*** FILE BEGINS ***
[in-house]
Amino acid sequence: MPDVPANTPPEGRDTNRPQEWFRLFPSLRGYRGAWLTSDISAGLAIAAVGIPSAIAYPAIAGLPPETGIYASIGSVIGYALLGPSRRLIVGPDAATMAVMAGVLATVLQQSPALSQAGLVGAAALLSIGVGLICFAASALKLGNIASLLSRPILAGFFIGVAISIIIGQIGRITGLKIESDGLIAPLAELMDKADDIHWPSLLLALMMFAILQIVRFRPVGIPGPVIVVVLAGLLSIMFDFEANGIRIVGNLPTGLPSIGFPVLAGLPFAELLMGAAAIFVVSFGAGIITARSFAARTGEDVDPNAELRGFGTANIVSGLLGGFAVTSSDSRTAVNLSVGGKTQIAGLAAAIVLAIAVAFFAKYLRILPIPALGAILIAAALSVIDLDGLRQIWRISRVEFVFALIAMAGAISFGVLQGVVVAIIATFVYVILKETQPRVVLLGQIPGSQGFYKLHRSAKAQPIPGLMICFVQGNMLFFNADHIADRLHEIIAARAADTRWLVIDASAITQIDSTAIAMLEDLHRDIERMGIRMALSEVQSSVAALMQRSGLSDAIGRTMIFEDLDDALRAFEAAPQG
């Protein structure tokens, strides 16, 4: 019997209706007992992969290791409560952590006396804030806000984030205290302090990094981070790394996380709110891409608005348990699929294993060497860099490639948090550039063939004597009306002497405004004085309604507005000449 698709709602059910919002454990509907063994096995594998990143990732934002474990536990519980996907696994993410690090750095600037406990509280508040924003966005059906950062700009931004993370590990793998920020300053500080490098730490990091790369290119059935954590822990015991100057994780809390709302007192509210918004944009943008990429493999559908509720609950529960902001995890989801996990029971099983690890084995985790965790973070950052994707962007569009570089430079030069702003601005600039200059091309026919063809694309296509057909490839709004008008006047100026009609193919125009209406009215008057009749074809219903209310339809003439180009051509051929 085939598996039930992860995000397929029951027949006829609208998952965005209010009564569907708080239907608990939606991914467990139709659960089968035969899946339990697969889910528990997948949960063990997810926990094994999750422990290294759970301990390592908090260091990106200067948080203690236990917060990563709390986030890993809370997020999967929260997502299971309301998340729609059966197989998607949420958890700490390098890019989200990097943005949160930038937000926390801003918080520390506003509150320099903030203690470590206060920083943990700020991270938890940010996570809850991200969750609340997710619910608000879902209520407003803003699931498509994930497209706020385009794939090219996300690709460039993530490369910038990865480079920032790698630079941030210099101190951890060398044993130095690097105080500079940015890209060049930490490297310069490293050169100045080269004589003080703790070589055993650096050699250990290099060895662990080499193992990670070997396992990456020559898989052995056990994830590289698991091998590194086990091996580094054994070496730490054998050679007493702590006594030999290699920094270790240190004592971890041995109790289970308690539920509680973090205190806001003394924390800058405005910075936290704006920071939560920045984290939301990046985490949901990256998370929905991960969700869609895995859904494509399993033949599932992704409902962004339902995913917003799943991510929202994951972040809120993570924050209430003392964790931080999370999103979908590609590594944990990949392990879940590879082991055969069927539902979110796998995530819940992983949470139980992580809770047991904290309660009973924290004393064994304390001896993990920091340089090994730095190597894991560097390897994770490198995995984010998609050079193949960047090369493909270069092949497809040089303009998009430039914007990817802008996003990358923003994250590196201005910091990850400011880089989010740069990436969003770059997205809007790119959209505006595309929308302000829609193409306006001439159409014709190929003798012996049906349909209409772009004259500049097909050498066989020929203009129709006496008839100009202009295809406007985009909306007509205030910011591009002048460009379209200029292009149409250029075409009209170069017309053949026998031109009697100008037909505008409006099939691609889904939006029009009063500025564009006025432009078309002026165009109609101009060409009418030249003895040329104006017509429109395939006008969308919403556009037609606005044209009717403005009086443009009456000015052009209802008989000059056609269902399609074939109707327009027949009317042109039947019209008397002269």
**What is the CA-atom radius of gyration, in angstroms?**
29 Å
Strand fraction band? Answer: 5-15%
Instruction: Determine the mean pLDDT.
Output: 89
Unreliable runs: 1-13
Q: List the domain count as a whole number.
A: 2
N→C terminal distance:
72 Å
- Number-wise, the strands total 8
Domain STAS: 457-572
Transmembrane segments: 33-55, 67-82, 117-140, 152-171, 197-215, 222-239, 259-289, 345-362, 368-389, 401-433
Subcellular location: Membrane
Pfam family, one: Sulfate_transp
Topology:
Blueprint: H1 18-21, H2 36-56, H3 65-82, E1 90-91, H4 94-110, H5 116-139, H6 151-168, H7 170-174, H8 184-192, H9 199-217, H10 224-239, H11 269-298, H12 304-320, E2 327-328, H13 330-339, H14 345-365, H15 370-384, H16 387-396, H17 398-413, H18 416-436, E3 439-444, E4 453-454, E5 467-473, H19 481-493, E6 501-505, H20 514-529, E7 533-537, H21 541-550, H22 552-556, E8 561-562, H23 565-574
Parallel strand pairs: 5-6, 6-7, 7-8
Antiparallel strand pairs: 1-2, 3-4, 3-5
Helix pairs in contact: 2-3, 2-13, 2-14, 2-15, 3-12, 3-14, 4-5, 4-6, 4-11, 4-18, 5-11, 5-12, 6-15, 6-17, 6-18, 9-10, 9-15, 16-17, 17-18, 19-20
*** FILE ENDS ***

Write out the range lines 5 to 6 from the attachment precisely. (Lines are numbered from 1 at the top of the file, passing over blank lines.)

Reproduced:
29 Å
Strand fraction band? Answer: 5-15%